“Oooh, what’s that you’ve brought, Monica?” “That. . . is a Caribbean mudcake.”
“Monica, did you make this?” “Yes, it’s a Caribbean mudcake.”
I made sure everyone knew this was a Caribbean mudcake, making no mention whatsoever of carrot cake!
People were excited! They’d never heard of Caribbean mudcake before! They couldn’t wait for church to end so they could try a slice! And they loved it! It was so new and tantalizing; flavorsome and velvety! And then the requests started—a friend asked me to make it again for his birthday party. Another asked me to make it as her wedding cake! I couldn’t believe it! A little shift in perception and people were falling over themselves for this cake!
A year later, back in Sydney, I decided to take my perception-altering strategy to the next level; I entered a cake-baking contest using my over-blended carrot cake—I mean, my Caribbean mudcake. The judges’ eyes lit up when they saw the label. New and refreshing, they said. An amazing, innovative combination of flavors! And would you believe it? Pitted against hundreds of other cakes, my cake took home the blue ribbon? How was it that their tastebuds didn’t recognize the age-old flavors of the humble carrot cake?
Is it because what we see depends mainly on what we look for? As science writer Christopher Ray noted, “Perception is merely reality filtered through the prism of your soul.”
At first this discovery of perception altering was revolutionary to me! How else could I control people’s experiences and outcomes based on how I fiddled with their perception? My inner despot momentarily reveled. But then I realized that the easiest perception to change—and the most important—was my own.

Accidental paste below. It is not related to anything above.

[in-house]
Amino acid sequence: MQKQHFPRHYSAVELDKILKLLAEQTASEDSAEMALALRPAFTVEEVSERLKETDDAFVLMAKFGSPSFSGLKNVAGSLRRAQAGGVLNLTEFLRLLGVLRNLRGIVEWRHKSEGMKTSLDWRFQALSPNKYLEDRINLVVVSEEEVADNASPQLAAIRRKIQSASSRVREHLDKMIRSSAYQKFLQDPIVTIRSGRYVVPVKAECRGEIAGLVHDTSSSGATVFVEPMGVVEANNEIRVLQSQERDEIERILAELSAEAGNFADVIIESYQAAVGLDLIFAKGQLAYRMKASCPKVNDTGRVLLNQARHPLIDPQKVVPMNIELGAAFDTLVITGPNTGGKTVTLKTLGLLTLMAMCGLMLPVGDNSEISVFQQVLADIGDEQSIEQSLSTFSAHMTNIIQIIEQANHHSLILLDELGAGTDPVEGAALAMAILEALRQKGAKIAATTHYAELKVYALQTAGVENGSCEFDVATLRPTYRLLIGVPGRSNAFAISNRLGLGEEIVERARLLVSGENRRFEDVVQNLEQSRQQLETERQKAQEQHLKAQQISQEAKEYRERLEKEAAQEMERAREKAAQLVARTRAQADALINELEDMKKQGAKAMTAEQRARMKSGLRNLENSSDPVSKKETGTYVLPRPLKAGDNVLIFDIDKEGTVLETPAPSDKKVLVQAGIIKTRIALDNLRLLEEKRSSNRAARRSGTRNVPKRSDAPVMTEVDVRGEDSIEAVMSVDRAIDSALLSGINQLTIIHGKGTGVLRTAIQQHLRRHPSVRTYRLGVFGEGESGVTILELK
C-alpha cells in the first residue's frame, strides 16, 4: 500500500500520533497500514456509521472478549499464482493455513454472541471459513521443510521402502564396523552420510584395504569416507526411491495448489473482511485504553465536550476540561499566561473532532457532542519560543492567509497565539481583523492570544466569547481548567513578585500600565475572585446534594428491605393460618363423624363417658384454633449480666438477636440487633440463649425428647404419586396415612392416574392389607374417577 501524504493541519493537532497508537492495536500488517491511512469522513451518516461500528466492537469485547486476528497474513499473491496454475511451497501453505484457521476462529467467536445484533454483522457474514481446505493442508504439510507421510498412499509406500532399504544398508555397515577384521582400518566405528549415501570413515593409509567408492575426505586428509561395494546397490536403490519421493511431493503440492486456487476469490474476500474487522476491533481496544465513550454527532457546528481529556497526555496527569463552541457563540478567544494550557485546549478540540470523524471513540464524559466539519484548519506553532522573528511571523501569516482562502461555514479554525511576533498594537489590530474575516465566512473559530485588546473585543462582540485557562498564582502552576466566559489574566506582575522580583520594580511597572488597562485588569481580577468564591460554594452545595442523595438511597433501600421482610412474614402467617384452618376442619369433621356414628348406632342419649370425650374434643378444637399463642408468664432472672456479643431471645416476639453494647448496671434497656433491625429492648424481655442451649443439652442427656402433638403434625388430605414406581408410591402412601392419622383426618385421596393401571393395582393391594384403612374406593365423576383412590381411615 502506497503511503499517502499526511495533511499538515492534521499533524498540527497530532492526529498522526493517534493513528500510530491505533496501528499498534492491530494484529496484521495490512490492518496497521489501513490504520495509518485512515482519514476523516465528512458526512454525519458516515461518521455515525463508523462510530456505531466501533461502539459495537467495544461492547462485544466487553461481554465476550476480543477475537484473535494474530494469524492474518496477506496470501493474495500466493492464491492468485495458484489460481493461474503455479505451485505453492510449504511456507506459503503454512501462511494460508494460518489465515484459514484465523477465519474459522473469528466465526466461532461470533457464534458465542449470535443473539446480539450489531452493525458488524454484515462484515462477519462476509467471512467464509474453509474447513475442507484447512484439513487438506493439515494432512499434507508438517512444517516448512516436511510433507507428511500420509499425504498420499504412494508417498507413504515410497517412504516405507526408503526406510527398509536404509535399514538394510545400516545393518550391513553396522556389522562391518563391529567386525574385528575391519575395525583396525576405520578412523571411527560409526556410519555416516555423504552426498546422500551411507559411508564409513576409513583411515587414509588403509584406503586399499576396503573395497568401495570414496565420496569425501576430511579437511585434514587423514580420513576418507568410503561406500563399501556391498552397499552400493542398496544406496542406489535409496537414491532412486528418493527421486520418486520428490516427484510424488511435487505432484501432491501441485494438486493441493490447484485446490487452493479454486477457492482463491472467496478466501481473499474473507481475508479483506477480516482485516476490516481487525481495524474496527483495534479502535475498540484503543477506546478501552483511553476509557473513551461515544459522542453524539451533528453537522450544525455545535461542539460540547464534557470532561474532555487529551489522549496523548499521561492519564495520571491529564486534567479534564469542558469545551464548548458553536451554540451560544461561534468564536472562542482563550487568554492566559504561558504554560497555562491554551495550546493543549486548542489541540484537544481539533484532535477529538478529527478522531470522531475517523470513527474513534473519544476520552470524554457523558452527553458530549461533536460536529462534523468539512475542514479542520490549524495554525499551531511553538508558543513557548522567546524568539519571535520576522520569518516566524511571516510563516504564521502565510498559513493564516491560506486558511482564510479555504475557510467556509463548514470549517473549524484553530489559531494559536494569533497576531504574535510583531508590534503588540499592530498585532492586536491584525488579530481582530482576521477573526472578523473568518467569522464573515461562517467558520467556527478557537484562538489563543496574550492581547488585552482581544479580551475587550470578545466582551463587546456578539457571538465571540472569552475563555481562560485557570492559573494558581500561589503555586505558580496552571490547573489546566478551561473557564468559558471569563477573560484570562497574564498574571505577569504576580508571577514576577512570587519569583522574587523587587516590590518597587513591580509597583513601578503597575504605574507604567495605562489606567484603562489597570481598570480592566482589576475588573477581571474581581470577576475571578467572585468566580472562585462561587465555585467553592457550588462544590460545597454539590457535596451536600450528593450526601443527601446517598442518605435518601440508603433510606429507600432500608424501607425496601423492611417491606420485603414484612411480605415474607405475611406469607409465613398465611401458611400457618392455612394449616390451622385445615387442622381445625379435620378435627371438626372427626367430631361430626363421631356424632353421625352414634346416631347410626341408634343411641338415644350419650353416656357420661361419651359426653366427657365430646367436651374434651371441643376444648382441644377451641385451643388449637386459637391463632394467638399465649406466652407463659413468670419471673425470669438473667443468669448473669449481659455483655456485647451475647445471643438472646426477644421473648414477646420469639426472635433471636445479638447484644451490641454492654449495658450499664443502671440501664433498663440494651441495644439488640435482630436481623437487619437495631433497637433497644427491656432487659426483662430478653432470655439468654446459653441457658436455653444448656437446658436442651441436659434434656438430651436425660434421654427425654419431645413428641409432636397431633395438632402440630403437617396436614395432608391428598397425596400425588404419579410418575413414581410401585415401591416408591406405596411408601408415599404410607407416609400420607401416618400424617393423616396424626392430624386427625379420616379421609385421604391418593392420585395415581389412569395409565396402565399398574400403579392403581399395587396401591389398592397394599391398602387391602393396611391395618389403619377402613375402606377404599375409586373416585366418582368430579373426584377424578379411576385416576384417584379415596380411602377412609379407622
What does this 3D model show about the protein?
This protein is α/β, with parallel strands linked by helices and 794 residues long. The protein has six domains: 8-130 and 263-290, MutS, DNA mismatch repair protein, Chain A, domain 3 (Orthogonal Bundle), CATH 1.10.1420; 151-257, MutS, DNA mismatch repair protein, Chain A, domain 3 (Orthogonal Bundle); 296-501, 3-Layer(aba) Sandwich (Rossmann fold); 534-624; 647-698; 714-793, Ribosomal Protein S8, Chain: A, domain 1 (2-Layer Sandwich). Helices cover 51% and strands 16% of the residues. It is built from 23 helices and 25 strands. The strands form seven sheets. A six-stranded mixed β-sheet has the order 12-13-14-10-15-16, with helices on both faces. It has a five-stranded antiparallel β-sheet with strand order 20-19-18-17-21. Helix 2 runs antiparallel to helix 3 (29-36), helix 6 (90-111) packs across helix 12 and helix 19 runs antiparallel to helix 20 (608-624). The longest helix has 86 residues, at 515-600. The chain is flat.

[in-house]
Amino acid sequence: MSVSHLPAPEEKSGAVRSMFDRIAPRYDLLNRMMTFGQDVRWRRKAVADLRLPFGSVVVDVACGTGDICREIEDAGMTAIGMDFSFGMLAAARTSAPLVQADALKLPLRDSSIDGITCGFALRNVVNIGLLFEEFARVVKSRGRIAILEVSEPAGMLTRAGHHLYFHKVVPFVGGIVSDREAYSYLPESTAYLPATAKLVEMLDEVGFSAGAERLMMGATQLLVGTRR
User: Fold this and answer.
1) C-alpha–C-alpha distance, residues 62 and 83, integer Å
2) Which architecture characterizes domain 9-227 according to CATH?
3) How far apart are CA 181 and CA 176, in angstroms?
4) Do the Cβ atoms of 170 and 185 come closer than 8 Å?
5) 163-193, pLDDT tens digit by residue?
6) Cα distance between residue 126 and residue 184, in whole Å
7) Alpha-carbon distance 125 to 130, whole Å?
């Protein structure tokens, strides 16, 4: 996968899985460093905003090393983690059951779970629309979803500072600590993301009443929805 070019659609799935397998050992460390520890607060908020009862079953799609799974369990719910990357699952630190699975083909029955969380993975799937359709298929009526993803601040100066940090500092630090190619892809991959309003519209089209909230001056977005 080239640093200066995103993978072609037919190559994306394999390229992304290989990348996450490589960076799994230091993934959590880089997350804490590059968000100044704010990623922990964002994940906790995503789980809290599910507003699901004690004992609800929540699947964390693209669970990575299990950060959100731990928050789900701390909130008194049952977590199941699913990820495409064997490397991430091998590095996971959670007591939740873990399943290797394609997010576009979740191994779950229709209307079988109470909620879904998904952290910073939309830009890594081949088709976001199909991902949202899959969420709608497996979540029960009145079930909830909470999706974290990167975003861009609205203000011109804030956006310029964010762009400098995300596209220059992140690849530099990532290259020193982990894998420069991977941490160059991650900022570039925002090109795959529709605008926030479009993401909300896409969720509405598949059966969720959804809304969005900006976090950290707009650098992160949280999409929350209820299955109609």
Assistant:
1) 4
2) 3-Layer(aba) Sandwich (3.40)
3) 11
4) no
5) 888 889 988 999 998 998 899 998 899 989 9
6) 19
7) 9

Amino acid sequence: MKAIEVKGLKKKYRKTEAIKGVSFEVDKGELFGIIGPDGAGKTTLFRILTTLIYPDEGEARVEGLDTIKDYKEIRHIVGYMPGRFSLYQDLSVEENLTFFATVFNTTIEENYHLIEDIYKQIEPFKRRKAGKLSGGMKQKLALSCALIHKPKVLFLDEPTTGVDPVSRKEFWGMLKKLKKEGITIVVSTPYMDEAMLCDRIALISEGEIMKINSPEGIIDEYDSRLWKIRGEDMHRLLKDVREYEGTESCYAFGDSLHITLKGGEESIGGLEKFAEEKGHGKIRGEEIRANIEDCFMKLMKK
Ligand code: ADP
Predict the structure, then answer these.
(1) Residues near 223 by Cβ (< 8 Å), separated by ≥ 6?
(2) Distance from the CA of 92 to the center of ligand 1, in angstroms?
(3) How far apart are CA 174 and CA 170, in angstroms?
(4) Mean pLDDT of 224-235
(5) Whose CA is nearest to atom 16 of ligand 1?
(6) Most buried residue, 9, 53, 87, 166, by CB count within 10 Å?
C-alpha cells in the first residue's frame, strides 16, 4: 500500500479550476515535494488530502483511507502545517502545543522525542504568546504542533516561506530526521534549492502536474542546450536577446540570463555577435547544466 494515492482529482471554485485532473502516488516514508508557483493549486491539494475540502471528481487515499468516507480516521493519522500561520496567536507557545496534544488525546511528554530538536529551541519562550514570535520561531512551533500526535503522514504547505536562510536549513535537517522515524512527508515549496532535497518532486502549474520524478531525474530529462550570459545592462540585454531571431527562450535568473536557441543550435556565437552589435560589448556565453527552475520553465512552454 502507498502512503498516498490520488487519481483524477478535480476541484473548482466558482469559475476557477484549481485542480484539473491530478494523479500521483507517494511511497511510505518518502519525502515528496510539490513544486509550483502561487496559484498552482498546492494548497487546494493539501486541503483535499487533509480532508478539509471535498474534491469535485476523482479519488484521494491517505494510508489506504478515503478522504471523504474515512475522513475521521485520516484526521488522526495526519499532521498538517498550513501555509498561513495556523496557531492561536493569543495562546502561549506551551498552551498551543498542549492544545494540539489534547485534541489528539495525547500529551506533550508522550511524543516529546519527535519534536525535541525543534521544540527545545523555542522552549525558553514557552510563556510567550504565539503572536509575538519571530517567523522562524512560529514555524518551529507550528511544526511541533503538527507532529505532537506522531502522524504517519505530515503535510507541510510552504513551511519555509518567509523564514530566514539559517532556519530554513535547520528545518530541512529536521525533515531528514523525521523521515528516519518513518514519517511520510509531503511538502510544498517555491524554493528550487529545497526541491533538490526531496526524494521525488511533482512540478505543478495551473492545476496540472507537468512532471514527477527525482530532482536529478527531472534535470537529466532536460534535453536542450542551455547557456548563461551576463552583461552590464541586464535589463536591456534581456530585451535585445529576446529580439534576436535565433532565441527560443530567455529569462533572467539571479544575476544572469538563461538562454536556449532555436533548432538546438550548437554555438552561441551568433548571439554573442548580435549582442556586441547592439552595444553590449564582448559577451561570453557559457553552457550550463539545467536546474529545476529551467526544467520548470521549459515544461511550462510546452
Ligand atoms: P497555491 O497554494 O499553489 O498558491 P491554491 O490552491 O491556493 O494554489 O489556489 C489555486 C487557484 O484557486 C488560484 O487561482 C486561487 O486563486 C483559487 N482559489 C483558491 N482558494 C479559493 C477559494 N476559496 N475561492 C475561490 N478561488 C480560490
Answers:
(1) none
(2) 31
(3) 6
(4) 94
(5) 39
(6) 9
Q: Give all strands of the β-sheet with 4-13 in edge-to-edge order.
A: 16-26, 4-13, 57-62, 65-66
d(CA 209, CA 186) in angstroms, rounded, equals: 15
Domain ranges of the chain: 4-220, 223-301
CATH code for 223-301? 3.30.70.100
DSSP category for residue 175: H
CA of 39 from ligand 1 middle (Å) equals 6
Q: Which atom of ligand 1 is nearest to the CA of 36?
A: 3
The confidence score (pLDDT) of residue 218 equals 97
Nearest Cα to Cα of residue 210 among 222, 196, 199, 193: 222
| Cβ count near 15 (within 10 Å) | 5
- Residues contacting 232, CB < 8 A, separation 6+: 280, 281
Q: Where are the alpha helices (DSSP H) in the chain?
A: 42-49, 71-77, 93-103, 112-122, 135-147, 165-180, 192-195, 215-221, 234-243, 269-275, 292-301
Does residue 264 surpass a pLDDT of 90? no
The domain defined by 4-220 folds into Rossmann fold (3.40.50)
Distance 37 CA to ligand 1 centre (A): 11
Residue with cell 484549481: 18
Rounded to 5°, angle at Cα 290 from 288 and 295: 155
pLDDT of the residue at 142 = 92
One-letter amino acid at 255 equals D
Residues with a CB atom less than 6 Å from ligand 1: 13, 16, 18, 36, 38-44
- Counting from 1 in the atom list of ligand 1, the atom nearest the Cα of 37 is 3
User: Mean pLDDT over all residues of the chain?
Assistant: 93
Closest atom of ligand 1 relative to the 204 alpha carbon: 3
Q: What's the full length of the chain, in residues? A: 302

The other night my friend and I went to a party. We ran into an old school friend, who now has a new wife and baby. The three of us sat around laughing, reminiscing about the good times. His wife would occasionally come into the room and stand at his shoulder and give half-hearted attempts at joining in. Afterwards I remarked to my friend how this woman was clearly threatened by our camaraderie with her husband; hovering at his side, glaring as if to remind us that he was a taken man and we should back off and find our own husbands. My friend was surprised. “I didn’t see that at all. I saw a young mom, exhausted and left out of a conversation filled with ‘you-had-to-be-there’ stories, trying to split herself between being involved in her husband’s previous single life and tending to her 8-month-old baby.”